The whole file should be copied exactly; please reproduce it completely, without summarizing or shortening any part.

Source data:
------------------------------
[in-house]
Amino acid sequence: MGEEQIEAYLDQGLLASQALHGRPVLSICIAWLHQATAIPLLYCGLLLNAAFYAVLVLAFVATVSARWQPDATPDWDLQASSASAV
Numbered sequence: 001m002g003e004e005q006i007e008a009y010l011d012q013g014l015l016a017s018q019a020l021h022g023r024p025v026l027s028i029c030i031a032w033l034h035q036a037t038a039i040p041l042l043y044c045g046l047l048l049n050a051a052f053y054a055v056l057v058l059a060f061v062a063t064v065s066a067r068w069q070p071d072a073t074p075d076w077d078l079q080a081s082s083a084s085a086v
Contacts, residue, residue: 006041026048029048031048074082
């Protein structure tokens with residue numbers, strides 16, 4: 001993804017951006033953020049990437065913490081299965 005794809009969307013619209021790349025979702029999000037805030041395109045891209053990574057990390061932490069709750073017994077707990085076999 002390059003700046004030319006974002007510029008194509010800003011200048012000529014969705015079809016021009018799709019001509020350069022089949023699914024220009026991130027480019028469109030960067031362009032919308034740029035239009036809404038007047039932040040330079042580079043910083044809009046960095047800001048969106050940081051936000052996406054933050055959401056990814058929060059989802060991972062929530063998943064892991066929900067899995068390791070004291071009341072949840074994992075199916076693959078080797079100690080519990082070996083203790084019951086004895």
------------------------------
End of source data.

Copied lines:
[in-house]
Amino acid sequence: MGEEQIEAYLDQGLLASQALHGRPVLSICIAWLHQATAIPLLYCGLLLNAAFYAVLVLAFVATVSARWQPDATPDWDLQASSASAV
Numbered sequence: 001m002g003e004e005q006i007e008a009y010l011d012q013g014l015l016a017s018q019a020l021h022g023r024p025v026l027s028i029c030i031a032w033l034h035q036a037t038a039i040p041l042l043y044c045g046l047l048l049n050a051a052f053y054a055v056l057v058l059a060f061v062a063t064v065s066a067r068w069q070p071d072a073t074p075d076w077d078l079q080a081s082s083a084s085a086v
Contacts, residue, residue: 006041026048029048031048074082
């Protein structure tokens with residue numbers, strides 16, 4: 001993804017951006033953020049990437065913490081299965 005794809009969307013619209021790349025979702029999000037805030041395109045891209053990574057990390061932490069709750073017994077707990085076999 002390059003700046004030319006974002007510029008194509010800003011200048012000529014969705015079809016021009018799709019001509020350069022089949023699914024220009026991130027480019028469109030960067031362009032919308034740029035239009036809404038007047039932040040330079042580079043910083044809009046960095047800001048969106050940081051936000052996406054933050055959401056990814058929060059989802060991972062929530063998943064892991066929900067899995068390791070004291071009341072949840074994992075199916076693959078080797079100690080519990082070996083203790084019951086004895």